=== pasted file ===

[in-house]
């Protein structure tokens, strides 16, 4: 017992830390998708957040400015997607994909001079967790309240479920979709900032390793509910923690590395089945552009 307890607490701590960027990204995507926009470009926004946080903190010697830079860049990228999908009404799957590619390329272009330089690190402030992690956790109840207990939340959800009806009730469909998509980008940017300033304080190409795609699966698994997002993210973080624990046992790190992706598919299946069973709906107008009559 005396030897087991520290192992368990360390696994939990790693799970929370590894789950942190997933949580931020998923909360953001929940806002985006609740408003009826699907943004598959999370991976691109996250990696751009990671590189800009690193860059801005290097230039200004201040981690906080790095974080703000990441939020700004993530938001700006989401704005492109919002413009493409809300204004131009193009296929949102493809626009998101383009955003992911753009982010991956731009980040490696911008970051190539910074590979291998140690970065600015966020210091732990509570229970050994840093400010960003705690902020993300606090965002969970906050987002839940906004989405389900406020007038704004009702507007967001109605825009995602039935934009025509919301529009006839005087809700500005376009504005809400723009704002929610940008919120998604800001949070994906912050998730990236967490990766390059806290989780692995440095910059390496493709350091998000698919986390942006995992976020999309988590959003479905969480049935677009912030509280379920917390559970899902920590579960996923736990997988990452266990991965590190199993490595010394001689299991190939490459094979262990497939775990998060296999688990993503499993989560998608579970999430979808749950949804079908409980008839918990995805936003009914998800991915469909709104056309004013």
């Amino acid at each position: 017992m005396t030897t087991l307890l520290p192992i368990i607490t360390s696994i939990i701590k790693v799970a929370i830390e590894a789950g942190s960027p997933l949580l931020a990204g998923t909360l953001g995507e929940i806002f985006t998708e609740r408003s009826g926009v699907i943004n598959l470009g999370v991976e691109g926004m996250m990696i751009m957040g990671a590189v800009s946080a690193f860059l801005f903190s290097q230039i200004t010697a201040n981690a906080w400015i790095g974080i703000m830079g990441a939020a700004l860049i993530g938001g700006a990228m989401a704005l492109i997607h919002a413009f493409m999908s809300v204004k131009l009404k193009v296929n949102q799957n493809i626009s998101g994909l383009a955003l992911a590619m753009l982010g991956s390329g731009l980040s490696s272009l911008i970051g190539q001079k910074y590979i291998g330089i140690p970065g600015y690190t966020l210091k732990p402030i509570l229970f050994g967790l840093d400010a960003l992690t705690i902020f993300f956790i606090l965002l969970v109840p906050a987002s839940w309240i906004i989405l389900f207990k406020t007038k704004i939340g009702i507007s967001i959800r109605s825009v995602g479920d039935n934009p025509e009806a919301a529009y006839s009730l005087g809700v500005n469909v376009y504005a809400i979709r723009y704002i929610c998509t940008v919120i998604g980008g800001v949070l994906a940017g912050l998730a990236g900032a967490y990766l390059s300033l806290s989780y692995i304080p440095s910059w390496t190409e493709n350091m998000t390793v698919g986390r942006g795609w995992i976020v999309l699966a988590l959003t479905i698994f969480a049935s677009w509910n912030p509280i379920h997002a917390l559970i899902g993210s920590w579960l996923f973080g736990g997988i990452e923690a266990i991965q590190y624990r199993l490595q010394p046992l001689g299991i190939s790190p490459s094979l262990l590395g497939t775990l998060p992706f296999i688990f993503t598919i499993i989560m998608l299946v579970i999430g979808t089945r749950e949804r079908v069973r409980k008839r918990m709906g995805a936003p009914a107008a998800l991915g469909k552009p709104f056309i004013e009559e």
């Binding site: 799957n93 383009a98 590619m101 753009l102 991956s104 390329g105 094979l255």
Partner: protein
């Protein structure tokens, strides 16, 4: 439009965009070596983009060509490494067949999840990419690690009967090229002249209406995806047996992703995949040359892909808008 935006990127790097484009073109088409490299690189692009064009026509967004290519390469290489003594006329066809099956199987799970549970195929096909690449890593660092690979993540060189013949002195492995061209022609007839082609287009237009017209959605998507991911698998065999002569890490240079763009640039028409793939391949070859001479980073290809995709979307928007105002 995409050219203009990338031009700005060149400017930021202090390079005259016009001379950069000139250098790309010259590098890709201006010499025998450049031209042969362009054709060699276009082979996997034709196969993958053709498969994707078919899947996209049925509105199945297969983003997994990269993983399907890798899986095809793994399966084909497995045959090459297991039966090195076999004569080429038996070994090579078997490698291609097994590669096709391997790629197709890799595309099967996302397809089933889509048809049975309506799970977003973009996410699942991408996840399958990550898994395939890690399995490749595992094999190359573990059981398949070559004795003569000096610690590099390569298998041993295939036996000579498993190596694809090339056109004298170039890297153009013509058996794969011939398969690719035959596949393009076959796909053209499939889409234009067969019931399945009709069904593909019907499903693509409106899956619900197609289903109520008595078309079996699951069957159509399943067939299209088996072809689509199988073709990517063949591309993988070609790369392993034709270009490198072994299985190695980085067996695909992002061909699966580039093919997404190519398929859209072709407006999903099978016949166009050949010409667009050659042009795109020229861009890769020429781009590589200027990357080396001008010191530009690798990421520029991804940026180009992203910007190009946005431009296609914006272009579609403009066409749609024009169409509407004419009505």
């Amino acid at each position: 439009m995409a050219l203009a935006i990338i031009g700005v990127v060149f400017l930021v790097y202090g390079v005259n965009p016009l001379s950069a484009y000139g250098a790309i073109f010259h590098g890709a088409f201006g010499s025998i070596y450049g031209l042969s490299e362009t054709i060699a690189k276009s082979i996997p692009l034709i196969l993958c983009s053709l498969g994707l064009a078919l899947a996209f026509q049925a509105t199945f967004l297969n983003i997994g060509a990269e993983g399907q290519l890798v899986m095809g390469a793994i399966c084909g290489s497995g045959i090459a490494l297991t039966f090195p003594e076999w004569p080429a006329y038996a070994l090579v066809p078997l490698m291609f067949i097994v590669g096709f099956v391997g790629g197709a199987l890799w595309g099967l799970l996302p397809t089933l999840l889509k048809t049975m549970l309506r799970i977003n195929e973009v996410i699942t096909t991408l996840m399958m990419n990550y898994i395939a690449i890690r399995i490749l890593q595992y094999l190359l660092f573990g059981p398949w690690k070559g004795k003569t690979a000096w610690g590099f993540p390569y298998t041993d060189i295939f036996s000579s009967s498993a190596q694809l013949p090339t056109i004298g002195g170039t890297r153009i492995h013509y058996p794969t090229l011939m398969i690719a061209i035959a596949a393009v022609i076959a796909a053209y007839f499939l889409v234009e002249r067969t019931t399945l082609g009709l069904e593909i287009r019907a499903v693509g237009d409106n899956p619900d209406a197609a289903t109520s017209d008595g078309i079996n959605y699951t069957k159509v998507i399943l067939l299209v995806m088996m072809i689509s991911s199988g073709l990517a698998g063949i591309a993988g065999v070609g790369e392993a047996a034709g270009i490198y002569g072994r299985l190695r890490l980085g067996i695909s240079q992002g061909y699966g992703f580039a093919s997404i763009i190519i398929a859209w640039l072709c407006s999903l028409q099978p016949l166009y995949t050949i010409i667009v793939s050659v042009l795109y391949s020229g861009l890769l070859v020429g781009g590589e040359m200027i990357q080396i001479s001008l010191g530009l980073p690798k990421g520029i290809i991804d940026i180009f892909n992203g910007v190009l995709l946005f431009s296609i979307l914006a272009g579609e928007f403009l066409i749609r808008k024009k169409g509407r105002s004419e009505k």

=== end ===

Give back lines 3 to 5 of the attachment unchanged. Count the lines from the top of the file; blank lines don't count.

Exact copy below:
């Amino acid at each position: 017992m005396t030897t087991l307890l520290p192992i368990i607490t360390s696994i939990i701590k790693v799970a929370i830390e590894a789950g942190s960027p997933l949580l931020a990204g998923t909360l953001g995507e929940i806002f985006t998708e609740r408003s009826g926009v699907i943004n598959l470009g999370v991976e691109g926004m996250m990696i751009m957040g990671a590189v800009s946080a690193f860059l801005f903190s290097q230039i200004t010697a201040n981690a906080w400015i790095g974080i703000m830079g990441a939020a700004l860049i993530g938001g700006a990228m989401a704005l492109i997607h919002a413009f493409m999908s809300v204004k131009l009404k193009v296929n949102q799957n493809i626009s998101g994909l383009a955003l992911a590619m753009l982010g991956s390329g731009l980040s490696s272009l911008i970051g190539q001079k910074y590979i291998g330089i140690p970065g600015y690190t966020l210091k732990p402030i509570l229970f050994g967790l840093d400010a960003l992690t705690i902020f993300f956790i606090l965002l969970v109840p906050a987002s839940w309240i906004i989405l389900f207990k406020t007038k704004i939340g009702i507007s967001i959800r109605s825009v995602g479920d039935n934009p025509e009806a919301a529009y006839s009730l005087g809700v500005n469909v376009y504005a809400i979709r723009y704002i929610c998509t940008v919120i998604g980008g800001v949070l994906a940017g912050l998730a990236g900032a967490y990766l390059s300033l806290s989780y692995i304080p440095s910059w390496t190409e493709n350091m998000t390793v698919g986390r942006g795609w995992i976020v999309l699966a988590l959003t479905i698994f969480a049935s677009w509910n912030p509280i379920h997002a917390l559970i899902g993210s920590w579960l996923f973080g736990g997988i990452e923690a266990i991965q590190y624990r199993l490595q010394p046992l001689g299991i190939s790190p490459s094979l262990l590395g497939t775990l998060p992706f296999i688990f993503t598919i499993i989560m998608l299946v579970i999430g979808t089945r749950e949804r079908v069973r409980k008839r918990m709906g995805a936003p009914a107008a998800l991915g469909k552009p709104f056309i004013e009559e």
């Binding site: 799957n93 383009a98 590619m101 753009l102 991956s104 390329g105 094979l255």
Partner: protein